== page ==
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  1. Poststructuralism 2: Derrida’s Revenge or, “why don’t I understand deconstruction?”

  2. Poststructuralism II: Derrida’s Revenge • De(con)structive Critics: Responses to Deconstruction • Common Misconceptions of Deconstruction • “Truths” about Deconstruction • Architecture & Literary Theory • “Supplements” • Reading: “I will put Chaos into fourteen lines” • Deconstructive Conclusions • A (Supplemental) Bibliography

  3. De(con)structive Critics:Responses to Deconstruction (1) • No self, no author, no coherent work, no relation to reality, no correct interpretation, no distinction between art and nonart, fictional and expository writing, no value judgment, and finally no truth, but only nothingness—these are negations that destroy literary studies. (René Wellek, “New Nihilism in Literary Studies” 80). • A vertical and lateral reverberation from sign to sign of ghostly nonpresence emanating from no voice, intended by no one, referring to nothing, bombinating in a void (Meyer Abrams, “Deconstructive Angel,” 431). • “Translation”: • By looking at the gaps of a text [its “aporiae”],deconstruction destroys everything unique about a piece of art, reducing it to nothingness.

  4. De(con)structive Critics:Responses to Deconstruction (2) • a chromatic plenitude, a playing of all possible notes in all possible registers, a saturation of space (Jonathan Culler, “Prolegomena to a Theory of Reading,” 47) • “Translation”: • Contrary to what those critics opposed to deconstruction say, deconstruction shows how “full of possibility” a text is – it is so full, in fact, that we cannot say anything about it.

  5. De(con)structive Critics:Why They Say What They Say Paradigmatic (“Difference”) The armadillo ate the ants. The dog slept in the basket. The jaguar laid on the branch. The cat sat on the mat. The tiger rested behind the tree. The hippopotamus lounged in the pool. The space station orbited the earth. Syntagmatic (“Deferral”)

  6. Common Misconceptions of Deconstruction • Deconstruction is a method of reading a literary text • Deconstruction makes all texts the same • Deconstruction is “understandable” • What deconstruction is not? Everything of course! • What is deconstruction? Nothing of course! • – Derrida, “Letter to a Japanese Friend”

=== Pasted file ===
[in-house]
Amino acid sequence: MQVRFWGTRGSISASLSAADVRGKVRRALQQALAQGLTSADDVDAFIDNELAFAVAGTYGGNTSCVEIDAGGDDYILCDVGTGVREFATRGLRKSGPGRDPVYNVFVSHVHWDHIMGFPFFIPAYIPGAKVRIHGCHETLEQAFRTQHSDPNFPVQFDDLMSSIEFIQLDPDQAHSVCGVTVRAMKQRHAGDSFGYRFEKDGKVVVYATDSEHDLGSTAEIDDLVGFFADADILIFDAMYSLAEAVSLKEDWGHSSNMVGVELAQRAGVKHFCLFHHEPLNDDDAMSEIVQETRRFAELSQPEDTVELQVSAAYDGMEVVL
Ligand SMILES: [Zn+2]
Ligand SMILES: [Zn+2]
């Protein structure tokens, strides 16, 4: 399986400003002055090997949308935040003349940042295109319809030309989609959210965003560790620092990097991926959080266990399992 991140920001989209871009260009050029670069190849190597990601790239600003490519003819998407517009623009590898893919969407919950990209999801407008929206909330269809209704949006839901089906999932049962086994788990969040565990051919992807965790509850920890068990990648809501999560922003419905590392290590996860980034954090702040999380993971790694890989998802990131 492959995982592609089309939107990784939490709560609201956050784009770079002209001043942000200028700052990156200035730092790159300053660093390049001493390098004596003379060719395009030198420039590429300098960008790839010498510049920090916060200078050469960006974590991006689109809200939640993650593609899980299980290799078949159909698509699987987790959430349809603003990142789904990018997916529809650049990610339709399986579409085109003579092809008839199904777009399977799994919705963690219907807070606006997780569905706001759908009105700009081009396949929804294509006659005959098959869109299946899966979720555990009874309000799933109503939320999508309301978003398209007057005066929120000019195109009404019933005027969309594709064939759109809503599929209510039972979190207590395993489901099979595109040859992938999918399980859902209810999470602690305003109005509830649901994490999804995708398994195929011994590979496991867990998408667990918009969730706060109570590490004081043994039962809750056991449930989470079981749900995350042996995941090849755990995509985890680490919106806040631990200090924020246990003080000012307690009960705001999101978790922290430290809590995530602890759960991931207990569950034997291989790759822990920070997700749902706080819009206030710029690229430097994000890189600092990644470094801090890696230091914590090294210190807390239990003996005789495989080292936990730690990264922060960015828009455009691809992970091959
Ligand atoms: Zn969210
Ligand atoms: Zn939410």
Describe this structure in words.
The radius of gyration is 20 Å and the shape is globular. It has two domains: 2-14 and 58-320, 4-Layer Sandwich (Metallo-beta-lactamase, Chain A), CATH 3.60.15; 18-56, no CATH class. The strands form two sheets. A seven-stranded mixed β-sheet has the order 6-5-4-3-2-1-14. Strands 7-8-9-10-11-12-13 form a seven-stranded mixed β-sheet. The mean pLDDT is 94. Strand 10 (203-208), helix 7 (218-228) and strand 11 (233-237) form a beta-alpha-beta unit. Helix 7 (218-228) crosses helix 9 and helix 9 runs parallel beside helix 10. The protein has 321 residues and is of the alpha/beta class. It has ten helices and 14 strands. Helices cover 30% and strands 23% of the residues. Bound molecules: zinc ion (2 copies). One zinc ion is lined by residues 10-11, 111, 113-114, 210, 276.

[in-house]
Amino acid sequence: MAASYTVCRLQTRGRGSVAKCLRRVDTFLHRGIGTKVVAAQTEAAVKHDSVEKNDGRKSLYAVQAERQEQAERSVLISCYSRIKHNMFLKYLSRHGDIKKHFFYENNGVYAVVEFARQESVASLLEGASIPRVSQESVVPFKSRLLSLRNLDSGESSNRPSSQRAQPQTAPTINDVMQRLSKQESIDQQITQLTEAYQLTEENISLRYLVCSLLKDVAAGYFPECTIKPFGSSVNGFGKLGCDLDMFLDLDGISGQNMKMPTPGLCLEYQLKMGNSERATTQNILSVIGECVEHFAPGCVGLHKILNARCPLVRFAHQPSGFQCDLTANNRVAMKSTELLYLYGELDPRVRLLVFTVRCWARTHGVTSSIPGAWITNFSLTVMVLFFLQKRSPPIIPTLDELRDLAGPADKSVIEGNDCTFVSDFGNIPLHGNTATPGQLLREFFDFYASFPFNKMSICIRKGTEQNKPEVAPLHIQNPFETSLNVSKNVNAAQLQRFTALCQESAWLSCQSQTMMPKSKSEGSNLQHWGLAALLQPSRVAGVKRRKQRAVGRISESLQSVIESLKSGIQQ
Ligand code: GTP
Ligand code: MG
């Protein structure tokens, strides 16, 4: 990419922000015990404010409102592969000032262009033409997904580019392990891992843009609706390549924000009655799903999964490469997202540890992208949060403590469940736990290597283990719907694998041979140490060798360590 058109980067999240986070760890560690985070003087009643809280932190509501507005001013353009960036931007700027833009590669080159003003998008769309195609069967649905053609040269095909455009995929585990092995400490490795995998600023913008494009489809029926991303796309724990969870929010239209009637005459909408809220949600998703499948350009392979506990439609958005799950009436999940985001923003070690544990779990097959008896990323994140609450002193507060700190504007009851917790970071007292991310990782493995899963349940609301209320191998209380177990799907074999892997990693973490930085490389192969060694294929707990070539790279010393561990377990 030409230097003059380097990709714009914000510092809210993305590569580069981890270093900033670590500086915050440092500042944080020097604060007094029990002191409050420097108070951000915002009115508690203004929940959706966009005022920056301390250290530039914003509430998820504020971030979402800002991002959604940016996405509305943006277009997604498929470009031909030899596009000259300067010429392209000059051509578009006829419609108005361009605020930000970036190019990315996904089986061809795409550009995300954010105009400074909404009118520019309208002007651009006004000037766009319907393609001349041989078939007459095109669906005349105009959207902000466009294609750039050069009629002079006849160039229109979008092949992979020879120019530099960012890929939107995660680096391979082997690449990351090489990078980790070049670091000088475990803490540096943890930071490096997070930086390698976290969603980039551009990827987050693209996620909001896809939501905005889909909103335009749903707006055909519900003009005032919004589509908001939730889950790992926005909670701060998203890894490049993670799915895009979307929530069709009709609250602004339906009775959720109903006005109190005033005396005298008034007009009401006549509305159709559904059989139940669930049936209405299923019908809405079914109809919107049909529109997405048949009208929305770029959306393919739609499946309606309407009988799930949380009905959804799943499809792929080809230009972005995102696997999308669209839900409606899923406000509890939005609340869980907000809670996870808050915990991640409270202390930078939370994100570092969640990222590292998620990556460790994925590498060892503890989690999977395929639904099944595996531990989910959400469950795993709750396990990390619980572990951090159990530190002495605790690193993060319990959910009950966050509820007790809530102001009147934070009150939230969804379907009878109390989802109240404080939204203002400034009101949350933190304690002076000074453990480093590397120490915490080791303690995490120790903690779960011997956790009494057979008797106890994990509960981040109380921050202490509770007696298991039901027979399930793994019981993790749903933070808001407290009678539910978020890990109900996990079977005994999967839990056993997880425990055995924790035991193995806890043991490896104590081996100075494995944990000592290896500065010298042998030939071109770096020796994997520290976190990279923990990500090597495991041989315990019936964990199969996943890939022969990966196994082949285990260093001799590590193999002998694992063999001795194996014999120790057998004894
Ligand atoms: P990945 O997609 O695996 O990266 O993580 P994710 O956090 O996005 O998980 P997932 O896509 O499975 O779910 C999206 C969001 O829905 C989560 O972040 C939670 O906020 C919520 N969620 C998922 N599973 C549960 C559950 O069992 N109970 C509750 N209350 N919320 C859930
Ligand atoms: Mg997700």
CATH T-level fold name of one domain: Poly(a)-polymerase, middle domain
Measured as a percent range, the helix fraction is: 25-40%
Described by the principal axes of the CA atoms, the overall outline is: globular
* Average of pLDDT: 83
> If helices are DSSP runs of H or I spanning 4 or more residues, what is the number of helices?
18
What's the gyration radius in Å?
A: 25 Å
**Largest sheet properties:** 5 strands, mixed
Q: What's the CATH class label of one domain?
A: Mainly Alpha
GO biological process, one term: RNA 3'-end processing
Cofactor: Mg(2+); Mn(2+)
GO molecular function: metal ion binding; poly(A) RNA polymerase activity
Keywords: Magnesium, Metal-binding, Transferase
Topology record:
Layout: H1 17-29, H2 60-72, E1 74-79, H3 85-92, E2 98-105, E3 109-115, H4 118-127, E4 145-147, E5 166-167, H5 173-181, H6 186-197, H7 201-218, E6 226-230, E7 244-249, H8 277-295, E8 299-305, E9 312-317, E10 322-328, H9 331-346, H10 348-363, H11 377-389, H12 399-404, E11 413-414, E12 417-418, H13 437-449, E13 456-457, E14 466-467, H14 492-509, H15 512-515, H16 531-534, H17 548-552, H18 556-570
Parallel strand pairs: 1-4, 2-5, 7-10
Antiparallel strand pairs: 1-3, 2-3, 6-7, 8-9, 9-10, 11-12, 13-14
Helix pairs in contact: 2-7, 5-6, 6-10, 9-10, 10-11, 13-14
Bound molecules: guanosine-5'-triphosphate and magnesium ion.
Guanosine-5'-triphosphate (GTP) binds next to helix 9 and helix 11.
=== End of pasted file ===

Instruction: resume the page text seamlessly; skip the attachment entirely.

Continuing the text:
7. “Truths” about Deconstruction • Deconstruction argues that there is no such thing as essence, or what we might call “embodied meaning.” • Deconstruction argues that there is no such thing as “absolute truth” – there is only the “play of the signifier,” the “slippage of language.” • Deconstruction is a “thing” (or a “no-thing”). • What deconstruction is not? Everything of course! • What is deconstruction? Nothing of course! • – Derrida, “Letter to a Japanese Friend”

  8. Architecture & Literary Theory • Deconstruction is [ . . . ] understood as an affirmative appropriation of structures that identifies structural flaws, cracks in the construction that have been systematically disguised, not in order to collapse those structures but, on the contrary, to demonstrate the extent to which the structures depend on both these flaws and the way in which they are disguised. (Mark Wigley, “Domestication of the House,” 207) • Deconstruction is not a dismantling of the structure of the text, but a demonstration that it has already dismantled itself. Its apparently solid ground is not rock but thin air. (Linda H. Peterson)

  9. Architecture & Literary Theory:“Text-as-House” Taken from http://www.architecturaldesigns.com/victorian-house-plan-6522rf.asp#f1